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Feature Story July 26, 2002
By Mark Ames Browse author Email
Page 3 of 7
And Vadim didn't let his people down. After probing my defenses, he finally found an opening, a way to get the conversation going.

"So, where are you from?"

"The States."

"Oh. Is it nice there?"

"It's paradise," I said. "I miss it horribly."


"The most beautiful women on earth. You've seen our movies?"

"Of course," he said. "Titanic is one of my favorites."

"America is like a fairy tale. The women are all thin and sweet. Money grows on trees. People will just invite you into their homes from off the street. And the best thing of all is that when you don't want to talk there, they don't talk to you."

"Really? That's interesting," Vadim said. "And I come from Moscow. Have you been to Moscow? Oh, listen to me! Of course you've been to Moscow. How else would you have boarded this train. Well, how does Moscow compare to America? Or let me ask you this: have you been to Cheboksary? It's a nice place, but of course it isn't Moscow. Moscow! I think it's as good as any capital city in Europe, don't you? Of course..."

And on and on and on...I learned that Vadim is a producer of "pop" and "boy bands like Carte Blanche." Thank you, God, for putting me in the same cabin with a boy band promoter. I know I deserved it, but I couldn't quite place the sin with the punishment. Was it because I'd given crabs once to Olga?

As Vadim talked, I lay back on my cabin bed, grabbed a novel by Andrei Volos about Russians stuck in Tadjikistan after the fall of the Soviet Union, and read. That didn't bother Vadim. He talked while I read. I didn't even offer him courtesy mumbles. I don't think he cared whether I was actually listening or not. He just wanted an ear, physically, to be there as his tree fell in the forest, falling over and over and over. Like devushki who dance in front of mirrors in discos. They don't really care if they're dancing with anyone else -- they really prefer to watch themselves -- but it's somehow more satisfying for them if someone's there while you watch yourself dance, or listen to yourself babble.

My heroes in the Volos novel were the Russians who didn't talk much. There was one character -- he'd spent years building a house on the riverbank in Haramabad before some Tadjik warlord drove up, put a gun to his head and said, "We're going to the registrar now, you're signing the house over to me." The story was all too true -- I'd seen and heard enough stories like that in Kosovo, after NATO took over. The Albanians first threw out the Serbs and slaughtered them, and later, when they had to be a bit more discreet about their ethnic cleansing, they made the remaining Serb residents offers that they couldn't refuse. Gun to the head, sign a form at the UN registrar's "legally" handing over your property, get paid a hundredth of what it's worth. The Russian, my hero, gave in to the Tadjik bandit, selling his house for a measly 200 dollars. Seething, he uses the 200 to buy a machine gun from a Russian borderguard soldier, sets it up in his house, and waits all night and through the morning for the warlord to arrive. The ending to the tale was disappointing -- it turned out that a friendly Tadjik warlord killed the evil warlord as a favor to the Russian. The Christian point being that, uh, there are good Tadjiks and bad Tadjiks. Volos was looking for the Booker Prize with that PC ending, and he got it. You have to lie to win a literary prize.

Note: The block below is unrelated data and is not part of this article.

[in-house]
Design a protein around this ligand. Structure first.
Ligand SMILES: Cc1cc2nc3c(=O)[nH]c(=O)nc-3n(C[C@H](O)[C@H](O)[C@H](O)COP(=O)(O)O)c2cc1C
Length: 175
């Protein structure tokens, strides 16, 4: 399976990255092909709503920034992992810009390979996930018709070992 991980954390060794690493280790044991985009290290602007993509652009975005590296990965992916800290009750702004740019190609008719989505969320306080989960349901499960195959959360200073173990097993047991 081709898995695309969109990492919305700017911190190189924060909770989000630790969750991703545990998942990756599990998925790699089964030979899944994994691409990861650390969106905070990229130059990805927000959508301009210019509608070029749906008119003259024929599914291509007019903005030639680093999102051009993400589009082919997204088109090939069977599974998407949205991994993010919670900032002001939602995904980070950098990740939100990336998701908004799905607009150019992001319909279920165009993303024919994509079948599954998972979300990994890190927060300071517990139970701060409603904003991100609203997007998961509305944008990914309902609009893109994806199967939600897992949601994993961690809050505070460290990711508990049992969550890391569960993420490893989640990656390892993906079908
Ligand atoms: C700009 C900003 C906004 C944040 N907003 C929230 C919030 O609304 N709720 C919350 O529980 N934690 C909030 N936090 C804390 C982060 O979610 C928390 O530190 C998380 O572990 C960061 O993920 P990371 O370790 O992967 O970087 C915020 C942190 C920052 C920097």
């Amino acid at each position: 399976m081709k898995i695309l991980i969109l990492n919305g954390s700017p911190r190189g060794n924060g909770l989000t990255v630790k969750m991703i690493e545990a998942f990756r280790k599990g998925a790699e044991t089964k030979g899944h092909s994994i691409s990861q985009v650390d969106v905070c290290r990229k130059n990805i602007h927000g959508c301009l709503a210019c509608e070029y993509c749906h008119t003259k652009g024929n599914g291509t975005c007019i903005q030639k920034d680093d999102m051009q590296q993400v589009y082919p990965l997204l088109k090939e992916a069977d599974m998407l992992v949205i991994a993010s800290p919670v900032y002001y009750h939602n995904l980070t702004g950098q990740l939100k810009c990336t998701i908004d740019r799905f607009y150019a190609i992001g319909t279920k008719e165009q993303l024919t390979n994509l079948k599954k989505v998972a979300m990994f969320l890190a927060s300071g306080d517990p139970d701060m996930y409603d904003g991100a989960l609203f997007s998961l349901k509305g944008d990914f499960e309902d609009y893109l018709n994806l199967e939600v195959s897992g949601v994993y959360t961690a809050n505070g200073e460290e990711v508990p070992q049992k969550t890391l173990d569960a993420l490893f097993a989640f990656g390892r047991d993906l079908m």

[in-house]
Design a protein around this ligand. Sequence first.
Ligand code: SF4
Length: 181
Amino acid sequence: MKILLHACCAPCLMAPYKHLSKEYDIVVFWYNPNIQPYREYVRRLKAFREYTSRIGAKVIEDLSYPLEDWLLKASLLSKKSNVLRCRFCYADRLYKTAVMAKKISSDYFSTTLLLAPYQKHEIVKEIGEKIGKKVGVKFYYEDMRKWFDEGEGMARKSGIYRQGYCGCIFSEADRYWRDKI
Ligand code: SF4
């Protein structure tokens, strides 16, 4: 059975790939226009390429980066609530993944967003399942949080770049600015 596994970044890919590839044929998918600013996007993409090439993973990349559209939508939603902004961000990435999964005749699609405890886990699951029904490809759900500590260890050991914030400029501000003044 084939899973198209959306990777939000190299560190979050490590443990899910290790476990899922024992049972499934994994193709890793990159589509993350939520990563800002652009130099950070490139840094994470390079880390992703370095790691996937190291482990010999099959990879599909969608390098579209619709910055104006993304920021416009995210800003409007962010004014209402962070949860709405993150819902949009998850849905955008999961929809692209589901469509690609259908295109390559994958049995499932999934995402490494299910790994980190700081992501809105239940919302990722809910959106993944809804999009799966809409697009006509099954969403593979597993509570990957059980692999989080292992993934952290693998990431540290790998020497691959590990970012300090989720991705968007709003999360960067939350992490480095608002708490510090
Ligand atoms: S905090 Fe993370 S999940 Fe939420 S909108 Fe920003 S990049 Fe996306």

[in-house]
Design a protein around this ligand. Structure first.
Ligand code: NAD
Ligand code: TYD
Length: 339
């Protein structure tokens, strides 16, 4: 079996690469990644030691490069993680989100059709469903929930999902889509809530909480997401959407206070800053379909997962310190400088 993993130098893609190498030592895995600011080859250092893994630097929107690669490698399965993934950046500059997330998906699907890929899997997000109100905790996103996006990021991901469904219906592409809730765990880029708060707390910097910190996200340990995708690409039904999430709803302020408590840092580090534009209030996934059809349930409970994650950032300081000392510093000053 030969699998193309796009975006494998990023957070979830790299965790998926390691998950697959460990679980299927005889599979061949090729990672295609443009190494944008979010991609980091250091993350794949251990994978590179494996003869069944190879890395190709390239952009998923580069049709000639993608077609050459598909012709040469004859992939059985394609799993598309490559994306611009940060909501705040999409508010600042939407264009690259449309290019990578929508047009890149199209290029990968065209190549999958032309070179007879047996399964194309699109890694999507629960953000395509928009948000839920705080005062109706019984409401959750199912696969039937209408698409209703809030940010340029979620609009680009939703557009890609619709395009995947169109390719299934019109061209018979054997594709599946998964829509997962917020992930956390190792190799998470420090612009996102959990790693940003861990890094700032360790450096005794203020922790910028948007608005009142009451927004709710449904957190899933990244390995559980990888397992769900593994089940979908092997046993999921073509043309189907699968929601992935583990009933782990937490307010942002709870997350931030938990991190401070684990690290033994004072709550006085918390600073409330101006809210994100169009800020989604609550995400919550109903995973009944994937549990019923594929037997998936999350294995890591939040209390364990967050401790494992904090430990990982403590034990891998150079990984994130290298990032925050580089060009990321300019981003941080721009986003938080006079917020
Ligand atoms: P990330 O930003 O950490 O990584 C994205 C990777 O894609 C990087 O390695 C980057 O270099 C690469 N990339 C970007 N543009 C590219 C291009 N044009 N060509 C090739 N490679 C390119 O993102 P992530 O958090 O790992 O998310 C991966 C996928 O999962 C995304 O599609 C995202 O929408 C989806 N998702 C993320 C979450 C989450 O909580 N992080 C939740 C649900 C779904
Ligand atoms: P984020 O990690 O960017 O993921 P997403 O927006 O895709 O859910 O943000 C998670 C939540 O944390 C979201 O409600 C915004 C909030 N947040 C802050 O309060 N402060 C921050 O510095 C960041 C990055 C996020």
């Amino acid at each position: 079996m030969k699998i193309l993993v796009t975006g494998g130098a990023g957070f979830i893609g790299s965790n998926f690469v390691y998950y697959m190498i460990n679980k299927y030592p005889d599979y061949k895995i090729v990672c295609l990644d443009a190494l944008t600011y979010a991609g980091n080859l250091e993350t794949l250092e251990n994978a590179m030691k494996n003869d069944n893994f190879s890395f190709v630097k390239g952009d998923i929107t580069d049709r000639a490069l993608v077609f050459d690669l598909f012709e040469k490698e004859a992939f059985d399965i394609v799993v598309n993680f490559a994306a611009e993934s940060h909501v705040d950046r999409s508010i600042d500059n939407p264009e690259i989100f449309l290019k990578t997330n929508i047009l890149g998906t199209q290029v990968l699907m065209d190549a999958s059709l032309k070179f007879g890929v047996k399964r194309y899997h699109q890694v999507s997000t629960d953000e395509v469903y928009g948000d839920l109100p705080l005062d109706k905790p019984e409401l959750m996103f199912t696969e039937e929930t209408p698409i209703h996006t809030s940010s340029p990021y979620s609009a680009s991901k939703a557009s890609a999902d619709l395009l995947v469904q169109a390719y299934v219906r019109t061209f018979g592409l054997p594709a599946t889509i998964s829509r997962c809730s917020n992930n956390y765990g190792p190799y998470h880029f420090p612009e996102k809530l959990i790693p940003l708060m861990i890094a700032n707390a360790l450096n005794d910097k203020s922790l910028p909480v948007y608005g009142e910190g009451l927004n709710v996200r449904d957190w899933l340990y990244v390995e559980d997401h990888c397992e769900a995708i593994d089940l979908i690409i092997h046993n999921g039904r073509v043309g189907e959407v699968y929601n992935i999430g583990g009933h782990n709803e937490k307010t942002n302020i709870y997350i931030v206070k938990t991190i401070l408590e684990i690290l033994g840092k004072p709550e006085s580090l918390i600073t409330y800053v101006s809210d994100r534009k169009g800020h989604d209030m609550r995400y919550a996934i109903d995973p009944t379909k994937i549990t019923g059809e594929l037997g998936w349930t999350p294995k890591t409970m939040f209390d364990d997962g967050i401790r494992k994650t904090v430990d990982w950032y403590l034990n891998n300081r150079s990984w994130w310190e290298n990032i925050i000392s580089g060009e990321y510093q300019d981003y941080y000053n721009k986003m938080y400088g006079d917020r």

* * *

Within hours after my arrival, Ilya, my local contact, met me at my hotel and drove me to the Chuvash republic administration building to meet with Natalia Volodina, the Press Minister and "Vice Minister."

I was only able to get one question off to Volodina. Her answer to that one question took up sides A and B of my microcassette tape. I'll sum up what she told me: the reason Cheboskary is such a nice town is because of her boss, President Fyodorov. The reason people are living longer and the roads are better paved and the pay has gone from barter to cash and the newspapers aren't repressed is due to the fact that Fyodorov has served three terms as president, and should be able to serve several more.

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